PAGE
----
Buff Pass: SPC training & Cat Scratch slide
Persistent Slab on NW-SE NTL&ATL likely, small to large in size.
Slopes steeper than around 30 degrees facing north through east to southeast are the most likely places to trigger an avalanche. Higher elevation slopes have a thicker slab and will be more dangerous. Even outside of obvious avalanche start zones, you can trigger large avalanches from low on a slope, or from a distance away. Many will break near the ground, entraining most of the snowpack.
Snowmobiled as a group from Dry Lake to upper Bitch Creek via the Aspen Bowl area, Pizza Drop, and a detour in the meadows above Grouse to practice building emergency shelters.
Mostly cloudy, calm, with temp ranging 15F at 9am at the Dry Lake trailhead to low 20’s at mid-day around 9500′
Generally less than 1m of depth, with approx. 35cm of new snow from the past 2 storm cycles and a mid-pack capable of supporting the weight of a skier. The lower-pack is weak and faceted. Multiple persistent weak layers are present throughout, including buried surface hoar and facets.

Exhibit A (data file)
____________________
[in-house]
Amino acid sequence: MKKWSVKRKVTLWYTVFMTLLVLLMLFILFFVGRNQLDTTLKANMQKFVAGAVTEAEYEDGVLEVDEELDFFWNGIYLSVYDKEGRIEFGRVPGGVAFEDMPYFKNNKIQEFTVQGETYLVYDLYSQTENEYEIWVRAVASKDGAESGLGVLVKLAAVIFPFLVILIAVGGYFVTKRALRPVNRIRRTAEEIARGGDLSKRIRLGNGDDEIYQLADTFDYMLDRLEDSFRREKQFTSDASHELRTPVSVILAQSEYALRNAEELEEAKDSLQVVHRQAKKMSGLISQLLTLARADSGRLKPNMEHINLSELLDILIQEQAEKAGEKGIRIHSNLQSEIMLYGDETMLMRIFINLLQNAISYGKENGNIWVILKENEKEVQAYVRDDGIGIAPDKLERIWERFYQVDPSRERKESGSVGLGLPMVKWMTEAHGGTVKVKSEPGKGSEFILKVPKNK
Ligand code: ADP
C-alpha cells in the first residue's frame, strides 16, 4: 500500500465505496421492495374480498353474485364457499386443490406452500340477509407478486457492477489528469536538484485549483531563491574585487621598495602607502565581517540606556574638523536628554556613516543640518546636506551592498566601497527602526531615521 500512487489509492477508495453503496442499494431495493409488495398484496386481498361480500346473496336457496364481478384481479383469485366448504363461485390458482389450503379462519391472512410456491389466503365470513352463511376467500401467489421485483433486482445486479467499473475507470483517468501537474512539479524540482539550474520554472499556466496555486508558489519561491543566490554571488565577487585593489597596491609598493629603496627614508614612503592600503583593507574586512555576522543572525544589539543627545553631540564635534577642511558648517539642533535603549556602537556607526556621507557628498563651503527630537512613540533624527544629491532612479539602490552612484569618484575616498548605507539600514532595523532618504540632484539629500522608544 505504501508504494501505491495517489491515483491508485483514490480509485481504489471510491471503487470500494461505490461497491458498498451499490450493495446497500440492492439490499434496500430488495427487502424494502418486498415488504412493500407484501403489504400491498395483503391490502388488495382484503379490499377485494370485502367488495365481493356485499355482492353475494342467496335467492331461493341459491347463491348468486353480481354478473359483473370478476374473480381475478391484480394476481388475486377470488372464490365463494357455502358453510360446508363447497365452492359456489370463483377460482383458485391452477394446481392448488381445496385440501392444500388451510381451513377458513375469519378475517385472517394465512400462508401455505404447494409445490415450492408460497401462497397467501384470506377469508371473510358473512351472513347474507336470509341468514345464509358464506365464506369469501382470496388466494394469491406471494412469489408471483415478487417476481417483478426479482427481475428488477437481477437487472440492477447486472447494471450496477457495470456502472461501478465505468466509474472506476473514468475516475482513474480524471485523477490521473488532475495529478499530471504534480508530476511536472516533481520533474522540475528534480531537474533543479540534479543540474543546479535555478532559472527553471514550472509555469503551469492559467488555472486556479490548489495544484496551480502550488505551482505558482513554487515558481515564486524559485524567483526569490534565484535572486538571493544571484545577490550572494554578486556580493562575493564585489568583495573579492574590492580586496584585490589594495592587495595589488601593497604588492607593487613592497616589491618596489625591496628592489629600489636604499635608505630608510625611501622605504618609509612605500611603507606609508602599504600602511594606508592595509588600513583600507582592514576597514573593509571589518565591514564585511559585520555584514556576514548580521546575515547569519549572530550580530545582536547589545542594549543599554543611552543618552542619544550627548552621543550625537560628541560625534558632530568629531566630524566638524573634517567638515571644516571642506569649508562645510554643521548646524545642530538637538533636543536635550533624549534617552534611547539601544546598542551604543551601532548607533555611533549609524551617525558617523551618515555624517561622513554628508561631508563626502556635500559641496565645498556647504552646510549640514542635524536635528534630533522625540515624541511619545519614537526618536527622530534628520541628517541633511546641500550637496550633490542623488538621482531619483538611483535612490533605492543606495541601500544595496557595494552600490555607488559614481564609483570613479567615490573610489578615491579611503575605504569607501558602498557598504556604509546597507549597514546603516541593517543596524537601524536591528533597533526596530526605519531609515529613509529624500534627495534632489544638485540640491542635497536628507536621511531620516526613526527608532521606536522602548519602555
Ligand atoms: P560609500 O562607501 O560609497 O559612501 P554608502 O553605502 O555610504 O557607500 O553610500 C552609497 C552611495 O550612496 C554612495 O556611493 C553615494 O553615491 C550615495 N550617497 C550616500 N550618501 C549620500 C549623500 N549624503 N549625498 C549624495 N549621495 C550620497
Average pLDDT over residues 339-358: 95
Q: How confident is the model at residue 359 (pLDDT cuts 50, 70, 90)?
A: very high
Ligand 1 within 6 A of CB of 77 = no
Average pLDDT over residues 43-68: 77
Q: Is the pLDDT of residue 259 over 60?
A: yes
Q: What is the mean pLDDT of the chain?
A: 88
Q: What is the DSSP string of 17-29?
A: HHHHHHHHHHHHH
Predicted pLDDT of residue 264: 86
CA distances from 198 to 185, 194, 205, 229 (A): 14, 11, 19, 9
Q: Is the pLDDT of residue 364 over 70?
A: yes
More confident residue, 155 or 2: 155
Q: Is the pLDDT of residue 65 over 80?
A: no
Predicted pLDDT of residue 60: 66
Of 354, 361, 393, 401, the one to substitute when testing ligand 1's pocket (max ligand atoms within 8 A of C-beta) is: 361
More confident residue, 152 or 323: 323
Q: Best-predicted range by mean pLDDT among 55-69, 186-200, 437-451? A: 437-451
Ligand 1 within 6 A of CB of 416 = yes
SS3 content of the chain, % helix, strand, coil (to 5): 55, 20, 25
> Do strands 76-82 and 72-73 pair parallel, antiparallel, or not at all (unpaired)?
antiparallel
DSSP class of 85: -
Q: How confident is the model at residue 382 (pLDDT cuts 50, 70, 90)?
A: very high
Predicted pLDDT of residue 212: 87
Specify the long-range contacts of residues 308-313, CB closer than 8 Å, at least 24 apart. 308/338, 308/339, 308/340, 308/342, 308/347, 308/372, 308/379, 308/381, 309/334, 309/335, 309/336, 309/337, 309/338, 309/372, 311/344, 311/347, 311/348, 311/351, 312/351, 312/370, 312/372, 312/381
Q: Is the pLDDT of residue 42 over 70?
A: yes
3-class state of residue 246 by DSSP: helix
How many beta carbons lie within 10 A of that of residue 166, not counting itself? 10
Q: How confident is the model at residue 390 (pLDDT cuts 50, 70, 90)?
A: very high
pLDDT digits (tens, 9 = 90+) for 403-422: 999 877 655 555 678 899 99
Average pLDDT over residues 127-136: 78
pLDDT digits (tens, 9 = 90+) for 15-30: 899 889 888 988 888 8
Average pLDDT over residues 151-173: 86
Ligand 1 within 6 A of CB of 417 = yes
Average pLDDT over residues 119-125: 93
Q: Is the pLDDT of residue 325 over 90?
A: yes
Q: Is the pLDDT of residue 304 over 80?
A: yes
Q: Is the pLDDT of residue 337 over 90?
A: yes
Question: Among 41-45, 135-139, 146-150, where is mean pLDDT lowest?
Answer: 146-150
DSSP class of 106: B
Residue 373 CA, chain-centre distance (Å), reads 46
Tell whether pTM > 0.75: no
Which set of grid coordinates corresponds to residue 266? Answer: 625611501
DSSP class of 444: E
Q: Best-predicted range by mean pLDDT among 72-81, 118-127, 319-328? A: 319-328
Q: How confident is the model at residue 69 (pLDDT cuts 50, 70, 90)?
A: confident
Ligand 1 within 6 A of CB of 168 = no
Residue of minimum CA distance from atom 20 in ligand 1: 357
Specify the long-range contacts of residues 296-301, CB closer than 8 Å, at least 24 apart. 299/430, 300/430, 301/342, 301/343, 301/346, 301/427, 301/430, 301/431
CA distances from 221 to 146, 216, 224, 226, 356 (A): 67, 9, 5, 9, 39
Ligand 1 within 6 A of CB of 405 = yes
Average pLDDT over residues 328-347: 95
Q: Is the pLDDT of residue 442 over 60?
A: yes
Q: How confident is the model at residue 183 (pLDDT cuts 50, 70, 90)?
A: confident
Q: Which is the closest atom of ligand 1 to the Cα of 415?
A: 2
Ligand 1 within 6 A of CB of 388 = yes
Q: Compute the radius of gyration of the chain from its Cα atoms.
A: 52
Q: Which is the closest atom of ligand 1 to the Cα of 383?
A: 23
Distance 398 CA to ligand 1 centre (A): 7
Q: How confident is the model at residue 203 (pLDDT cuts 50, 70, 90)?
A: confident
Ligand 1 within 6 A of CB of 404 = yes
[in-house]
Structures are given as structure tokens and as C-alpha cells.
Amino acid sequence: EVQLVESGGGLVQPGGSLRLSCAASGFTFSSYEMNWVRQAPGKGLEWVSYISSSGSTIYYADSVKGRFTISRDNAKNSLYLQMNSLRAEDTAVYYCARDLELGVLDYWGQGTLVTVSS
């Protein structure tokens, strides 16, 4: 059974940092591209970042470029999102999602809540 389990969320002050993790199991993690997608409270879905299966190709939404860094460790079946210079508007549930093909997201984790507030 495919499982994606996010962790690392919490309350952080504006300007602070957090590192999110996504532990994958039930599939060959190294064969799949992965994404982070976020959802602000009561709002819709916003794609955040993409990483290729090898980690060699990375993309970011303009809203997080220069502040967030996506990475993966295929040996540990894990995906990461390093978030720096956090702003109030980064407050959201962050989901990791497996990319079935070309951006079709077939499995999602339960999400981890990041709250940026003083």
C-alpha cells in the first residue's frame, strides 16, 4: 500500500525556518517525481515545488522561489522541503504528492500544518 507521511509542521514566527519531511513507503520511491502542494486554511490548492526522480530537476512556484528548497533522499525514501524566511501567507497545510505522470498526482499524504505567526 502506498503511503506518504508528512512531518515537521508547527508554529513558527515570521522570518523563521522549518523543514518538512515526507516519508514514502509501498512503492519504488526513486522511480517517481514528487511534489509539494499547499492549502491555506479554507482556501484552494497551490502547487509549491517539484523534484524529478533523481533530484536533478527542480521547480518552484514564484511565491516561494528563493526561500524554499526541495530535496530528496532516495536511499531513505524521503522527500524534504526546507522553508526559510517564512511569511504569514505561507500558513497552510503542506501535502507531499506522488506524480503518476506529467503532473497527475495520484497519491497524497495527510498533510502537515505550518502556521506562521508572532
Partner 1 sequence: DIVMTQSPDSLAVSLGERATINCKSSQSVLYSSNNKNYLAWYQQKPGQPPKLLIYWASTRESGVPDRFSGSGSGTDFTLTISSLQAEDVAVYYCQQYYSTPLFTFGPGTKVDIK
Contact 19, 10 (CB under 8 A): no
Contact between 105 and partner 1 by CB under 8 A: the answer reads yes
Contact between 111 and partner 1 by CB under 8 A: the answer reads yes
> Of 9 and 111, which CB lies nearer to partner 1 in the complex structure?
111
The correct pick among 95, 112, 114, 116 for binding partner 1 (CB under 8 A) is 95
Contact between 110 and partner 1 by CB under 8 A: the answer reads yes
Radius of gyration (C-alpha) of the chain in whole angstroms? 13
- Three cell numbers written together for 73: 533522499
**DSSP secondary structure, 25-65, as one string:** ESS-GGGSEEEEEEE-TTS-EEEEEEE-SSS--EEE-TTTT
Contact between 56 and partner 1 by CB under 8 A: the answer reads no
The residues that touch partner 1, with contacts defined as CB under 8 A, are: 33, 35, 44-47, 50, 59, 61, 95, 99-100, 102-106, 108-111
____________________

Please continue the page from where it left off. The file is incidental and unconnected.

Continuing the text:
Noted multiple large collapses and were told by Jeffery of some recent avalanche activity – apparently Jeffrey’s group remotely triggered a slide in Bitch creek a couple days ago (Diamond face, again?).
Today our group remotely triggered a 2′ slab (approx. 100′ x 300′) while standing on the flats above the slope. The slide broke at the basal facet interface and ran to valley bottom.